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Hard data enables scope for improvement in Somerset

Agrecalc Hall: 2 Stand: 216
Hard data enables scope for improvement in Somerset

The Look family’s farm is one of the farms included in and benefiting from the Programme for the Improvement in Sustainability of (red) Meat (PRISM2030). This major initiative was launched in November 2022 by ABP Food group, one of Europe’s leading privately owned food processors, and Agrecalc’s consultancy partners, The Anderssons Centre. Using Agrecalc, the programme’s aim is to improve the farms’ carbon and business efficiency.

The farm extends over 400 acres on the Somerset Levels – which mainly floods during times of high rainfall – and finishes more than 300 cattle each year. They outwinter a 30-head, mixed-breed, spring-calving suckler herd and run a commercial flock of 100 Suffolk x Mule breeding ewes, which are put to a Charolais x Texel ram.

Challenges of reducing carbon footprint of a PRISM2030 farm

Juggling a young family while running a farm meant completing a carbon footprint analysis wasn’t at the top of farmer, Victoria Look’s, list of priorities.  However, when offered the option of using Agrecalc, through ABP initiative, the Programme for the Improvement in Sustainability of (red) Meat (PRISM 2030), the Somerset cattle and sheep farmer took the opportunity, with support available to complete the calculations, analyse the data, and improve her farm’s carbon and business efficiency.

“We have a good relationship with ABP, who we finish lambs and cattle for,” explains Victoria. “It was through supplying them that we learned about and were given access to Agrecalc.”  Victoria’s farm has been part of PRISM 2030 since autumn 2022. The programme gives participating farmers chance to complete professional carbon calculations through Agrecalc, with supporting business advice from consultants at The Andersons Centre and further recommendations on the areas where the farm can improve from Harper Adams University.

“We thought we had a low carbon footprint already, though had no hard data, so it was really interesting to see it written down in black and white, when we got the Agrecalc report,” says Victoria, whose family farm 400 acres on the Somerset Levels.  “It made me realise that however well you think you are doing with regard to greenhouse gas (GHG) emissions, there is always scope to improve.”

The Look family’s farm is run as a traditional family holding, with no outside employees and all land down to permanent pasture.  “There’s myself, my dad, my uncle and my 87-year-old grandfather. My dad and uncle are both in their mid-60s and I have a very young family. Grandpa still like his trips to market to purchase cattle and to do some of the paperwork. So, we all do our bit to try to run the farm efficiently.”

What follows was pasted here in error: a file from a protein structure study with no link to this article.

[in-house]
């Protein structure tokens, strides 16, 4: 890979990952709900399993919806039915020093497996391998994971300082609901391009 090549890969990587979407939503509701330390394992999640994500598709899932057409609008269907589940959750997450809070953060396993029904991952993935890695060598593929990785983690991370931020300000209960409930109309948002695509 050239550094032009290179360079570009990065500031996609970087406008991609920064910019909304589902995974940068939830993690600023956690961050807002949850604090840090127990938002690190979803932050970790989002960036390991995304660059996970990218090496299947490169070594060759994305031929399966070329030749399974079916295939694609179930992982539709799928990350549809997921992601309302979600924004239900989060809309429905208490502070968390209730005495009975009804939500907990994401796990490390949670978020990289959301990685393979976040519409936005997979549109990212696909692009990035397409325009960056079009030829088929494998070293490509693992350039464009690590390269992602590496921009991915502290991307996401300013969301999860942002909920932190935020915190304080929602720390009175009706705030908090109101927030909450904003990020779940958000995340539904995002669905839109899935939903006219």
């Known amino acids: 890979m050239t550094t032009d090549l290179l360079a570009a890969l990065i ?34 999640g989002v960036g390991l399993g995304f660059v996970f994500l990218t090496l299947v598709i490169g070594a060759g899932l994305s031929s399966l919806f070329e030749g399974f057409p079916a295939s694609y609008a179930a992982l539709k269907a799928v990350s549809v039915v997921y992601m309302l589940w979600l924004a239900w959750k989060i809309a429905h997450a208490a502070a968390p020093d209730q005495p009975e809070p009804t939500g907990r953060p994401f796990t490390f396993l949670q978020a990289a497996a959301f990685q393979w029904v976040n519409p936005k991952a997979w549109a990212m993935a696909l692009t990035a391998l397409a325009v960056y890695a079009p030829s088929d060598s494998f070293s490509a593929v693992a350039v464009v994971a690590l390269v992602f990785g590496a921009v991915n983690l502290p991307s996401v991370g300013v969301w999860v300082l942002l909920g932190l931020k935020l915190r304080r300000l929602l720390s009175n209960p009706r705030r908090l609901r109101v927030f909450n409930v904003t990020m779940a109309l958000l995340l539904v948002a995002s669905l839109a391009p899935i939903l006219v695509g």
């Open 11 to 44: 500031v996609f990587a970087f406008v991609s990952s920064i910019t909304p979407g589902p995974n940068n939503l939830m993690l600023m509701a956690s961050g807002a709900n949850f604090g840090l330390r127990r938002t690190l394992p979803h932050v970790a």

Agrecalc solution and practical recommendations

The farm’s Agrecalc report considered all aspects of the business and how it is managed, generating calculations that then allowed practical recommendations for improvement, to be made.


Recommendations included:


  • Re-seeding to increase grass productivity and quality, in turn reducing the amount of purchased food and fertiliser.
  • Reducing the age of slaughter by one to two months, through better selection of genetics and feed management changes.
  • Forage analysis to maximise conversion rates and growth of cattle, helping to reduce slaughter age.
  • Fuel costs. Although the farm’s fuel costs were significantly below the averages, the study felt a reduction of up to 5 per cent was possible through checking tyre pressures and minimising any idling of machinery.

The family finds that heifers finish more efficiently than steers on their mainly grass-based system, with fortnightly weighings to monitor performance.  During housing, cattle are fed on beef nuts and silage, and are supplied all year round to ABP’s Langport processing plant.  When purchasing cattle, native breeds are preferred as, with limited housing space, the aim is always to keep cattle outside for as long as possible.  Victoria also runs a 30-head mixed-breed, spring calving suckler herd, using an Angus or Hereford sire and outwintering weaned calves, finishing prime stock by 24 months of age.

“An interesting part of the Agrecalc results was how much keeping cattle outside brings our carbon footprint down,” says Victoria.

Ewes lamb indoors during February, with the first group of lambs ready by the middle of May, and all sold directly to ABP at Yetminster, by the end of June. 

Victoria says, “After analysing results from the Agrecalc report on the sheep side of the business, it was evident that we could benefit from purchasing rams with EBV performance figures which reduce finishing time and generate a higher fat covering.  It was projected that this could reduce the amount of lamb feed required by up to 10%.”  Victoria is already using a rotational and strip grazing system, which Agrecalc proved was beneficial from a carbon footprint and business efficiency point of view because it reduces fertiliser requirements.

“With only family working on the farm, it can be hard to find the time to forward plan,” concludes Victoria. “Analysing the business using Agrecalc was an interesting and though-provoking process. It’s inspired me to think about improvements we can make with both our beef and sheep in years to come, and we look forward to re-completing the Agrecalc calculations through PRISM 2030 in a couple of years’ time, allowing us to benchmark against our own performance.”

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